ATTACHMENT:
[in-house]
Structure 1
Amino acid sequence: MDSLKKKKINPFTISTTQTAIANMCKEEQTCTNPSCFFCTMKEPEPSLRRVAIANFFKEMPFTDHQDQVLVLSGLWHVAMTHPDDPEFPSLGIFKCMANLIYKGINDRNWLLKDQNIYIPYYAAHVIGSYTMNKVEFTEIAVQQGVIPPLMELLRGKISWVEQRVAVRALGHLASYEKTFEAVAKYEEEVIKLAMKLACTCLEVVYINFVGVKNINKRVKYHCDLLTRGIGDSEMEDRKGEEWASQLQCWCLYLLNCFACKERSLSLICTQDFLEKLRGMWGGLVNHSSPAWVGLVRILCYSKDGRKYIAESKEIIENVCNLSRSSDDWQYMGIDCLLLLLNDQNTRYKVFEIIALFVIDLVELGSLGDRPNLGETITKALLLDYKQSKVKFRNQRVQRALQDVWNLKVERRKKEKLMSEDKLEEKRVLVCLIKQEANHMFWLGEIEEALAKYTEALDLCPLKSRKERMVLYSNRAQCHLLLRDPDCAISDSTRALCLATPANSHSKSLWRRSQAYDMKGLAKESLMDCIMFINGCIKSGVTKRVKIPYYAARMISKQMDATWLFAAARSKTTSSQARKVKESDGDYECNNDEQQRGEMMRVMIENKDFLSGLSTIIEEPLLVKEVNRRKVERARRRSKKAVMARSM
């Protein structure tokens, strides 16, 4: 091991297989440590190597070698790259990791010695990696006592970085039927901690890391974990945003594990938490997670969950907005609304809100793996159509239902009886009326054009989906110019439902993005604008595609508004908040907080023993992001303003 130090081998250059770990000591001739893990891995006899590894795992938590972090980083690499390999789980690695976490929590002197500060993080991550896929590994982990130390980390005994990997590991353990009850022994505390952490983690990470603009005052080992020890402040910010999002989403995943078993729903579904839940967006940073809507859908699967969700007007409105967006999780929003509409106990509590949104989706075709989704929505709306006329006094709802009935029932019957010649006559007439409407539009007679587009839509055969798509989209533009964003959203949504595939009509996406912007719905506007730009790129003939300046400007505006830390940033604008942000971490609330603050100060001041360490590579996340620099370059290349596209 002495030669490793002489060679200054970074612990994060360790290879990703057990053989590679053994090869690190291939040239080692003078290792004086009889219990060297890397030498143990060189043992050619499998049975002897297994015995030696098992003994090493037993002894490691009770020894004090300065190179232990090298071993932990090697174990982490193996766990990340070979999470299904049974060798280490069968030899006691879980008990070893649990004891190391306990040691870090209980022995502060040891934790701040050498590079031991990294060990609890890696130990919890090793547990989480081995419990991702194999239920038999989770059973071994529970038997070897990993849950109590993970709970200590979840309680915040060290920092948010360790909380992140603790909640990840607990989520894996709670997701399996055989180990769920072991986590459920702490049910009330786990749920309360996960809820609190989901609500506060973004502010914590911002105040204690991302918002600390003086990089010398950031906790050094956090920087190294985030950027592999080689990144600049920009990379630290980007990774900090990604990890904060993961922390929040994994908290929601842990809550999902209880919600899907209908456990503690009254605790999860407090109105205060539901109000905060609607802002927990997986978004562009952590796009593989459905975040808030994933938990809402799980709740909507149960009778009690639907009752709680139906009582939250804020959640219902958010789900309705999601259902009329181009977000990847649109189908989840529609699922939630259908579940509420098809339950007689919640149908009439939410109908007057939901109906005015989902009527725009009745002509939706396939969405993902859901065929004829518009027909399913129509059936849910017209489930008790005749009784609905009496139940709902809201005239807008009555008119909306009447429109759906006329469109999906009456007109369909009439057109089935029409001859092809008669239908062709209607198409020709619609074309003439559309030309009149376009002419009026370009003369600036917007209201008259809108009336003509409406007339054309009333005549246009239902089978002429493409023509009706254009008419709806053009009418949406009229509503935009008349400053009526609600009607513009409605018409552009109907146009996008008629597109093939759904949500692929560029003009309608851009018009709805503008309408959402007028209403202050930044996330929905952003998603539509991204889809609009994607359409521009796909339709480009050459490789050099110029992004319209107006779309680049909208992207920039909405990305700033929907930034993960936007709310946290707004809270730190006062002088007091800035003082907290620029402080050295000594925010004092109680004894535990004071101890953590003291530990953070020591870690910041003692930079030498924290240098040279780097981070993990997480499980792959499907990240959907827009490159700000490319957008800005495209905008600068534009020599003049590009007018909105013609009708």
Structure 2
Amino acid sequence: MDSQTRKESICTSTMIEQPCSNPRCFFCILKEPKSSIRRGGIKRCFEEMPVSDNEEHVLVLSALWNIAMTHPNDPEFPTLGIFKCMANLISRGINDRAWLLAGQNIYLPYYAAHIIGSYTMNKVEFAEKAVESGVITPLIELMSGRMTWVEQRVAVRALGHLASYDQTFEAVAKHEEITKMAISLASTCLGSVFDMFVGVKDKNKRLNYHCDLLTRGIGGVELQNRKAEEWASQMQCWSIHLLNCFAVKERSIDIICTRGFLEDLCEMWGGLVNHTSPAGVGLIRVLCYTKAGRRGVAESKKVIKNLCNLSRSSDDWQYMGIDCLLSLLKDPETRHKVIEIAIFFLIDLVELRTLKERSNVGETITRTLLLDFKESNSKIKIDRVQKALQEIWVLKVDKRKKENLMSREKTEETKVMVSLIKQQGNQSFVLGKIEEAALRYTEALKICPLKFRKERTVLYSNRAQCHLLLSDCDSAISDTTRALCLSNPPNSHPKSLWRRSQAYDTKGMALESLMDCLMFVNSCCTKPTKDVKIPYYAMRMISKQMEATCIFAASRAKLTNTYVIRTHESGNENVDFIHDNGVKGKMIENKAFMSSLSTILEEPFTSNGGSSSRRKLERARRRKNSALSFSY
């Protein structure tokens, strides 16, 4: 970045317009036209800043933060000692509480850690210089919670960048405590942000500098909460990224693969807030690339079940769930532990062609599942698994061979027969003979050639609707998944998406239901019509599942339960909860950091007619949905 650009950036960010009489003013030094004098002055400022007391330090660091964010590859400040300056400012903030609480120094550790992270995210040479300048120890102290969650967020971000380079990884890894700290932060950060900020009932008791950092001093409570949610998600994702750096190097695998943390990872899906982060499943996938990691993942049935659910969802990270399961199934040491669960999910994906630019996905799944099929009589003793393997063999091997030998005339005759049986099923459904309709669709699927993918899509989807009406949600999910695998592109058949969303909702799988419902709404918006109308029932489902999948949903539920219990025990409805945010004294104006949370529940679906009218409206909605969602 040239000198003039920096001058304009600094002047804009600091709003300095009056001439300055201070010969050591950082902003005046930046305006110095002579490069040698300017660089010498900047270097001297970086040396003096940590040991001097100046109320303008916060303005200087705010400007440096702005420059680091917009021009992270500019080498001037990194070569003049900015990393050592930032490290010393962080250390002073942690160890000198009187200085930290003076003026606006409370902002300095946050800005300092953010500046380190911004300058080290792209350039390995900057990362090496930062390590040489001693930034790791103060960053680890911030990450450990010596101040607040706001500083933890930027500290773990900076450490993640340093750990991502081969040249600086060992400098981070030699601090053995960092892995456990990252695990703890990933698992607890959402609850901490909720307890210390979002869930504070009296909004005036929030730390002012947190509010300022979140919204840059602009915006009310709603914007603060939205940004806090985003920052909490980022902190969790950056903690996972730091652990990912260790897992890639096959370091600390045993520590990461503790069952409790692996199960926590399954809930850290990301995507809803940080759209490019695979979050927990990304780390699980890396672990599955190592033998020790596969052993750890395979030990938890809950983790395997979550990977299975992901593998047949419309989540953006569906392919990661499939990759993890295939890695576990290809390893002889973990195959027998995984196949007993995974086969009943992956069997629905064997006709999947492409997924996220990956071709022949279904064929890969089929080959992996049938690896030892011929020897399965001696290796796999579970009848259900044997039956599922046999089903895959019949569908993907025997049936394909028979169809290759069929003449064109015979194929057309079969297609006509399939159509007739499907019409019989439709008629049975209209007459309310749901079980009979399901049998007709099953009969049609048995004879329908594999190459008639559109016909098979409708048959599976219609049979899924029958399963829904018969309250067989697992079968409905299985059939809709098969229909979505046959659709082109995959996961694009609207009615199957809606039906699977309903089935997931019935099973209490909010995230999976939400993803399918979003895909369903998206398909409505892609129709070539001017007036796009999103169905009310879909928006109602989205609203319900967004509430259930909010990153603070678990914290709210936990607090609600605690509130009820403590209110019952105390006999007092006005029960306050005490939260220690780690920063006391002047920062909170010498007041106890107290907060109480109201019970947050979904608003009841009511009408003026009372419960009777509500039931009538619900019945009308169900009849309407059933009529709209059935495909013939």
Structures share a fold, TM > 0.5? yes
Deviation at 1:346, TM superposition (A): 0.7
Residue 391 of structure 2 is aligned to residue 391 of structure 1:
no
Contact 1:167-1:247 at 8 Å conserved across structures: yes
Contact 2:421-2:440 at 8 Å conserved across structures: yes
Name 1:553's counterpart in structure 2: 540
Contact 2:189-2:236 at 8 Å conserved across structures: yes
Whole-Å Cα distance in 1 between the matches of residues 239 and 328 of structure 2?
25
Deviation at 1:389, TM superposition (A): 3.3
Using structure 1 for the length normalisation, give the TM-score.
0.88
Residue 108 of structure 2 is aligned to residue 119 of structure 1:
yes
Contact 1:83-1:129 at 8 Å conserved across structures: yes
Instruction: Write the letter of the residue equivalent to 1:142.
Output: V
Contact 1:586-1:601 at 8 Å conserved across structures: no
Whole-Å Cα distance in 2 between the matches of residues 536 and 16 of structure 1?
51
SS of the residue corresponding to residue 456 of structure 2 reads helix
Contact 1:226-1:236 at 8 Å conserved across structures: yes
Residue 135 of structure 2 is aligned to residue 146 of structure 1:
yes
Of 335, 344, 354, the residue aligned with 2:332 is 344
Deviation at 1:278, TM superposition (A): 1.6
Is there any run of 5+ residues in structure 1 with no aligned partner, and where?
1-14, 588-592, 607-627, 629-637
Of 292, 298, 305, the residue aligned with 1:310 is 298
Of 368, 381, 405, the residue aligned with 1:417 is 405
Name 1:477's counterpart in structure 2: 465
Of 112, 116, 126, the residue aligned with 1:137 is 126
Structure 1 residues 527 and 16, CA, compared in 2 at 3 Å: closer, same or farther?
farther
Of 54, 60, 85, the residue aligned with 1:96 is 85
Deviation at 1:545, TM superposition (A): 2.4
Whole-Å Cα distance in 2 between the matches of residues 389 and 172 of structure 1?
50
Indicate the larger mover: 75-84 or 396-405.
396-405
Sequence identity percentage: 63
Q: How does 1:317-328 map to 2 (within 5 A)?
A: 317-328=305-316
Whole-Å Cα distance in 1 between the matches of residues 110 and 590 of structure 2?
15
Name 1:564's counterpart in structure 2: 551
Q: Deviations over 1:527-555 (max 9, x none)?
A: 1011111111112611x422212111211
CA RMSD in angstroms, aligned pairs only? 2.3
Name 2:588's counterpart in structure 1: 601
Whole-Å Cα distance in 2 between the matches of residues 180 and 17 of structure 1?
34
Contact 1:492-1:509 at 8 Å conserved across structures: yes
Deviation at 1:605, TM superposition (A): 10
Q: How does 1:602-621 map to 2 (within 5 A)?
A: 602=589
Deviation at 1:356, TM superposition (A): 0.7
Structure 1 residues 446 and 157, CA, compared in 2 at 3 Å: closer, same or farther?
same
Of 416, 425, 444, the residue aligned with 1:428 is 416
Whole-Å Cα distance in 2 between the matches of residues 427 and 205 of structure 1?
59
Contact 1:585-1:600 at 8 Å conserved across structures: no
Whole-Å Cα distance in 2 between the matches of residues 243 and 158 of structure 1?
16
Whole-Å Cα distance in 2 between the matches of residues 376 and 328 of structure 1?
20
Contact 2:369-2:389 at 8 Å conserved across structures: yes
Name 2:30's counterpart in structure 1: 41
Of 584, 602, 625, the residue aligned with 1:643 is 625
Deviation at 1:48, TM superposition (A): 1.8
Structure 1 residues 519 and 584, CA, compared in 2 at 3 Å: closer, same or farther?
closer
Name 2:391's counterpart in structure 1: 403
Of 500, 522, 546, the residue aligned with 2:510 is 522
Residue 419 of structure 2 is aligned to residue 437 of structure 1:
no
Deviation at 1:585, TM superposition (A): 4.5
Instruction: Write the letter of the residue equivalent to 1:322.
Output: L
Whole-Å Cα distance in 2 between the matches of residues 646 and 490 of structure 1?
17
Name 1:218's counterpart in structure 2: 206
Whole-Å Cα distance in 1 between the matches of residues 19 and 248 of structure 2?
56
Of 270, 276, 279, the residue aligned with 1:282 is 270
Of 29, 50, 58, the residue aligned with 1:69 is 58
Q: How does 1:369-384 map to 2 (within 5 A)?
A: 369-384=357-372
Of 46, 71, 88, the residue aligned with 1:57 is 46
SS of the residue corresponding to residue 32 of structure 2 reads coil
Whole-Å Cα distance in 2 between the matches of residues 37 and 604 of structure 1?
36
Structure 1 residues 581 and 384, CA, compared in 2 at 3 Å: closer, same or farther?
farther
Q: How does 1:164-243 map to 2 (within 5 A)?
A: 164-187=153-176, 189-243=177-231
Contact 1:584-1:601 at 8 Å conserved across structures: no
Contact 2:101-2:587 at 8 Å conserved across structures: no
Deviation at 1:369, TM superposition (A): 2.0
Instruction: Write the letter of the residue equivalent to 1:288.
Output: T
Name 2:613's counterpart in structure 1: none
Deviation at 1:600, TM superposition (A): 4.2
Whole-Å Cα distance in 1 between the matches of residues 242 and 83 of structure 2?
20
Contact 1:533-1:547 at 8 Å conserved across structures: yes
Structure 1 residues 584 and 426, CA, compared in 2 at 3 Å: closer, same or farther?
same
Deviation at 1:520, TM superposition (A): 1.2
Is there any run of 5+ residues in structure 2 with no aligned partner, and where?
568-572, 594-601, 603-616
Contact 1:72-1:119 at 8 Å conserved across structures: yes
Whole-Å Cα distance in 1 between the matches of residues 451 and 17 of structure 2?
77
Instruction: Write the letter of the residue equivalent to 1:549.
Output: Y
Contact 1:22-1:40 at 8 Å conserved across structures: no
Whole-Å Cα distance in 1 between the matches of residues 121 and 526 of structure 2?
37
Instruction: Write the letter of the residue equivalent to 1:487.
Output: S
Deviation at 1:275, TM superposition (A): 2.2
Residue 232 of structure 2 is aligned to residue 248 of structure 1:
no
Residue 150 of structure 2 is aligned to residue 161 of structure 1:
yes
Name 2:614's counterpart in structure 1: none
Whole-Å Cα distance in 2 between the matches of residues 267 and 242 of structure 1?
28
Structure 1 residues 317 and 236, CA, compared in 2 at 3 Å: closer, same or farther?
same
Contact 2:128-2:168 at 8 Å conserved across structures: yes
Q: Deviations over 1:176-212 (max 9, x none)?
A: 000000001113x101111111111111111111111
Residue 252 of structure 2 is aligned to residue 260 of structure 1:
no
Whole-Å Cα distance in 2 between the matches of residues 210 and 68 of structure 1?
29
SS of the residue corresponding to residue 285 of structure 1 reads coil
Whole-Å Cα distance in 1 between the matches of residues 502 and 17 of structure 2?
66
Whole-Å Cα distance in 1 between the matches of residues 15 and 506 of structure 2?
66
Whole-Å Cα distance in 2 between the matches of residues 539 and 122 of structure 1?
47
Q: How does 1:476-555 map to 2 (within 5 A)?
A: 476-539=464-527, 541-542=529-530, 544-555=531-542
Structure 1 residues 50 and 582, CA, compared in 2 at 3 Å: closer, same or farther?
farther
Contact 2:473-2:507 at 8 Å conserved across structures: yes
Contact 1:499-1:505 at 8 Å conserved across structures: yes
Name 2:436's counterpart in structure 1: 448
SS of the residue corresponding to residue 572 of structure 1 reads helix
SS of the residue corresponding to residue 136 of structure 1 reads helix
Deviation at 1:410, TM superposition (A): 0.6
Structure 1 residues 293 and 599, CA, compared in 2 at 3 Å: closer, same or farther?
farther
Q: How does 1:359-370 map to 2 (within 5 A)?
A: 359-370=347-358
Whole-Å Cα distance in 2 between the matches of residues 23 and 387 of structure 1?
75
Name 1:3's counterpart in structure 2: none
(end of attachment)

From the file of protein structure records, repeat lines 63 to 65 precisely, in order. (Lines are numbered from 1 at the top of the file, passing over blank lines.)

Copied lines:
Q: How does 1:602-621 map to 2 (within 5 A)?
A: 602=589
Deviation at 1:356, TM superposition (A): 0.7